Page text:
Policing De-Industrial Chicago: Racial Violence and the Struggle for Police Accountability
Monday, Aug. 24, 10:30 am – 12:10 pm (Hilton Chicago, PDR 2, 3rd Floor)
Like most big cities, crime is lower now in Chicago than it has been in decades. But violent crime is still endemic to impoverished neighborhoods, as are issues of trust and concerns about lack of police accountability. Chicago also struggles with the legacy of the damage done by notorious police commander Jon Burge and his subordinates, who used torture to elicit confessions from over 100 African-American men in the 70s and 80s. This session brings together historians and social scientists who have done path breaking work on police-community relations in Chicago. They will discuss their work and implications for policing and race relations more broadly.
Latinos in the Midwest: Incorporation, Mobilizations, and Persisting Challenges
Monday, Aug. 24, 2:30 – 4:10 pm (Hilton Chicago, PDR 2, 3rd Floor)
Given historical patterns of settlement, the social science literature on Latino/a migration and incorporation has tended to focus on large urban centers. In the context of the Midwest, specifically, much scholarship on Latino/a experiences has focused on the city of Chicago. Yet, we know that Latinos/Latinas have long been present in many other communities across the region. Furthermore, the Midwest is a broadly constituted and contested space, a site of ongoing and new migrations from established areas of Latino/a settlement in other parts of the country, and from Latin America and the Caribbean. Chicago and a host of other Midwestern cities of various sizes continue to be configured and reconfigured by the Latino/a presence. Additionally, for the past three decades, growing numbers of Latinos/Latinas have settled in a variety of suburban and rural communities across the region. This paper session features work on the dynamic landscapes constituted by Latinos/Latinas in the Midwest.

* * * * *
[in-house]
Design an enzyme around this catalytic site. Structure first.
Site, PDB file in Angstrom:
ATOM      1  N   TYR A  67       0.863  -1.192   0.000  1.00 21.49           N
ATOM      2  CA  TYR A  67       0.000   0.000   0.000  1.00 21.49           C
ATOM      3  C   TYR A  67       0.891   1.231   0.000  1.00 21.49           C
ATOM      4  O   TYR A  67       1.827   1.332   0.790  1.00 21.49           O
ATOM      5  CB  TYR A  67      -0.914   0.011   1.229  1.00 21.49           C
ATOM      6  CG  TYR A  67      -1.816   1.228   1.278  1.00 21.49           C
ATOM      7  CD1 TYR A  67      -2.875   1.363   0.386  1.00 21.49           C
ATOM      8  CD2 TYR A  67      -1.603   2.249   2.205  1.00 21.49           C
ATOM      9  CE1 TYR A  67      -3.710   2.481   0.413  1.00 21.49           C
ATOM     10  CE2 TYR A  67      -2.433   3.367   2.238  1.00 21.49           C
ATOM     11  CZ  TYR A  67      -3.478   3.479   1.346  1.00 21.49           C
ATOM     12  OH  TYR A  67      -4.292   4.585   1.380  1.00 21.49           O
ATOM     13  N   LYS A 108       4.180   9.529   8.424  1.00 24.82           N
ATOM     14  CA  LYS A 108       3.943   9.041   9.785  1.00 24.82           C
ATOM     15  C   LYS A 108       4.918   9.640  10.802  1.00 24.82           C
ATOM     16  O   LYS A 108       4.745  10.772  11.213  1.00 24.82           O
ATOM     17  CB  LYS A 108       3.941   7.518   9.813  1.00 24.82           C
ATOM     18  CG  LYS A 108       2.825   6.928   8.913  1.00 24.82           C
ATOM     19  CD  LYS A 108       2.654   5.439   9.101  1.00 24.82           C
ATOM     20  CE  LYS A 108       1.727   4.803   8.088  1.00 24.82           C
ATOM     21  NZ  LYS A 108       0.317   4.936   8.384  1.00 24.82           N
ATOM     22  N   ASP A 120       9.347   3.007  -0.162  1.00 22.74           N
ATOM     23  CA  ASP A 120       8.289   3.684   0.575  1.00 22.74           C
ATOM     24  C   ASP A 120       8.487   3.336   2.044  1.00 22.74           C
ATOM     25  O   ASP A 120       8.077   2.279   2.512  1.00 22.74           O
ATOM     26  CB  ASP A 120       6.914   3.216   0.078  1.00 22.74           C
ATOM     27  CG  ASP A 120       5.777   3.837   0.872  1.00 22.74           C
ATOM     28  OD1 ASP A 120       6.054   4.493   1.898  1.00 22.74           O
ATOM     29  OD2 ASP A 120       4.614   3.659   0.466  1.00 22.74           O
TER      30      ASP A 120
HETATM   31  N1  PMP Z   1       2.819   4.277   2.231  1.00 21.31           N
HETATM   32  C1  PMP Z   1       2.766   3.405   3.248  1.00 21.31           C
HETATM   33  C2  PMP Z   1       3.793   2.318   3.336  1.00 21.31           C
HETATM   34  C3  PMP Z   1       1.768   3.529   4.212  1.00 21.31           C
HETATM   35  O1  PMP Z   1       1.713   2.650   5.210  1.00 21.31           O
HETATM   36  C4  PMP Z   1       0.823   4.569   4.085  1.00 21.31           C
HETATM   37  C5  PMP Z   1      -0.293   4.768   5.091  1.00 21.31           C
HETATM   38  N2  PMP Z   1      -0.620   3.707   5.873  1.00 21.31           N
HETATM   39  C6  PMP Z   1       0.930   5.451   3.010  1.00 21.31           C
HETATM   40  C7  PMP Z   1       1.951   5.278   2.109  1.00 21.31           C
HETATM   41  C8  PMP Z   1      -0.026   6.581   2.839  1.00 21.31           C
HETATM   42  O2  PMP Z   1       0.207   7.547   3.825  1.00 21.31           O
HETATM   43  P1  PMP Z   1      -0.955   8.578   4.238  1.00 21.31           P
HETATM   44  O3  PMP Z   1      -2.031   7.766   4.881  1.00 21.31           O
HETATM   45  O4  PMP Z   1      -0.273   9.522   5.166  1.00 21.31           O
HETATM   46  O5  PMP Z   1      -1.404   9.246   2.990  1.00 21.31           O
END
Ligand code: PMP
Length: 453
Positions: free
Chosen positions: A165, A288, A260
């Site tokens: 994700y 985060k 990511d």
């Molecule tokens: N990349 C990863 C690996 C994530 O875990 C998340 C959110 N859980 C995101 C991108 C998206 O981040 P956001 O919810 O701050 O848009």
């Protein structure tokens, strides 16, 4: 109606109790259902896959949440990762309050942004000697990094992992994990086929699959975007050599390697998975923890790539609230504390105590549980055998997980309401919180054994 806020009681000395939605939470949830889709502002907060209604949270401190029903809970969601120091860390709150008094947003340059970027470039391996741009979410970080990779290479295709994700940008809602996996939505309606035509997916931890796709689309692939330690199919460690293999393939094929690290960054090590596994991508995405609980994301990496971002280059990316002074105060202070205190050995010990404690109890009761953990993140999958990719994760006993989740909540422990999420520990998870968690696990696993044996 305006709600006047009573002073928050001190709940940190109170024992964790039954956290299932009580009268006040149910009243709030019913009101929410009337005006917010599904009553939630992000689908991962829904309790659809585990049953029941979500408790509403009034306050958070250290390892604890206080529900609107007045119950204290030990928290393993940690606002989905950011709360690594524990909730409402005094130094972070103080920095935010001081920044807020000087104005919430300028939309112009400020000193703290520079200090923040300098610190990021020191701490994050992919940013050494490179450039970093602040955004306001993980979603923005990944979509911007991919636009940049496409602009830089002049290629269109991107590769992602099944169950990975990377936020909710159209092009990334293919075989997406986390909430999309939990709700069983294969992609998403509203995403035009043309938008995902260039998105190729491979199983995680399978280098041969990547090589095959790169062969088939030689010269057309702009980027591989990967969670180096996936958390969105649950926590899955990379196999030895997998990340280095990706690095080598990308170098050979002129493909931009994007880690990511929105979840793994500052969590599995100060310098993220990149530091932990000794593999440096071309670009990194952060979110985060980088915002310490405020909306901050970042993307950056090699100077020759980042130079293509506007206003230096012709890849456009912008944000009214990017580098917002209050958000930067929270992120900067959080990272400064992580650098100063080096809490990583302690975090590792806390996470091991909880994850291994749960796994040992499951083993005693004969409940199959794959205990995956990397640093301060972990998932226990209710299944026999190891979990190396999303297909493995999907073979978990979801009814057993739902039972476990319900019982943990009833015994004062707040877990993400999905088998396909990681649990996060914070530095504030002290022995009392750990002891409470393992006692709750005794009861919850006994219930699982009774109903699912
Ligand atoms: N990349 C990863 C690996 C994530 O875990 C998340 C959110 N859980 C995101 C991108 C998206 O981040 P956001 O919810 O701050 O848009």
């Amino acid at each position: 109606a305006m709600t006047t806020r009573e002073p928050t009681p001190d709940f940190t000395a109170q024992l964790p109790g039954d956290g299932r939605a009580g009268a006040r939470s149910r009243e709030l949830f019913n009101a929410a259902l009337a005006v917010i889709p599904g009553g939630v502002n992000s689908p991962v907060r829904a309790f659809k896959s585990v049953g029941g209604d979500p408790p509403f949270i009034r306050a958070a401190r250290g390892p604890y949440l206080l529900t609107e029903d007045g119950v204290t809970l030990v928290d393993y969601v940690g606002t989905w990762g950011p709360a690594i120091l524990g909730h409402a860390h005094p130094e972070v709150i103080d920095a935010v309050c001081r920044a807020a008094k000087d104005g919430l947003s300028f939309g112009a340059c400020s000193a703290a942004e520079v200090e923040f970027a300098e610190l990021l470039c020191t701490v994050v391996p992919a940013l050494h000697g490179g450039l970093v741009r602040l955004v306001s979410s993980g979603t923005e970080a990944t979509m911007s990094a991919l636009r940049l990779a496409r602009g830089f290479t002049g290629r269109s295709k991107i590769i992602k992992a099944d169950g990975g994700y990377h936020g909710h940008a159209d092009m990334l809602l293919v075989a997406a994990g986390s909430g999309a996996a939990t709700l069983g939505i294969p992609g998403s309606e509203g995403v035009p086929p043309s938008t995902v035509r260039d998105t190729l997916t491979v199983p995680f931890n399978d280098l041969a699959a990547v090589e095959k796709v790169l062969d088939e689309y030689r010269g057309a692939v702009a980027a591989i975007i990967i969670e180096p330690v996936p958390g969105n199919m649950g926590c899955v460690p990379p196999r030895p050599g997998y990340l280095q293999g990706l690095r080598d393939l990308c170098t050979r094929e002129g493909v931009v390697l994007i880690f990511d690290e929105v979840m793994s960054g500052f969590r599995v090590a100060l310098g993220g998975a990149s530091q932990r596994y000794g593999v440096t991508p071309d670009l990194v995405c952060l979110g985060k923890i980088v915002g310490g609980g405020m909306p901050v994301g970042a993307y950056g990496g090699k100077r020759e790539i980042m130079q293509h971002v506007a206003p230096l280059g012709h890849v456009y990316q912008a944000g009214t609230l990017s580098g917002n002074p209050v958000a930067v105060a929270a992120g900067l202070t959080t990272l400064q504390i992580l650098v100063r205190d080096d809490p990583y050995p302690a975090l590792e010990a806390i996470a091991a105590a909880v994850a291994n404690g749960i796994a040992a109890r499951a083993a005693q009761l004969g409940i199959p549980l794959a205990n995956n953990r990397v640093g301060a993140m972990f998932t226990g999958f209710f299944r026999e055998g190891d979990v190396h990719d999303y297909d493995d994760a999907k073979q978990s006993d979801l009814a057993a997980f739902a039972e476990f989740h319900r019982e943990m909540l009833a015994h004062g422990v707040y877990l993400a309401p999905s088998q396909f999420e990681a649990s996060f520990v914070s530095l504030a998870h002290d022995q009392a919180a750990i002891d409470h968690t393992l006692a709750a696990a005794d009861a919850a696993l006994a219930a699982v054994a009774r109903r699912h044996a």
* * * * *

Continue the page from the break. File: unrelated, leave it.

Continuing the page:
Urban Culture and Public Life in Chicago
Monday, Aug. 24, 4:30 – 6:10 pm (Hilton Chicago, PDR 2, 3rd Floor)
Chicago has long served as a central site for the sociological study of urban culture and public life. In this session, we will discuss how race relations unfold in Chicago's public spaces; neighborhood gentrification and the ecological landscape of the LGBT community; and the city's vibrant scenes of urban entertainment, nightlife, and cultural consumption. In doing so, we will emphasize Chicago's distinctiveness as well as its persistent ability to highlight larger social forces operating in American metropolitan life more generally.
CONTACT: Daniel Fowler, ASA Media Relations Manager, firstname.lastname@example.org, (202) 527-7885
About the American Sociological Association
The American Sociological Association (www.asanet.org), founded in 1905, is a non-profit membership association dedicated to serving sociologists in their work, advancing sociology as a science and profession, and promoting the contributions to and use of sociology by society.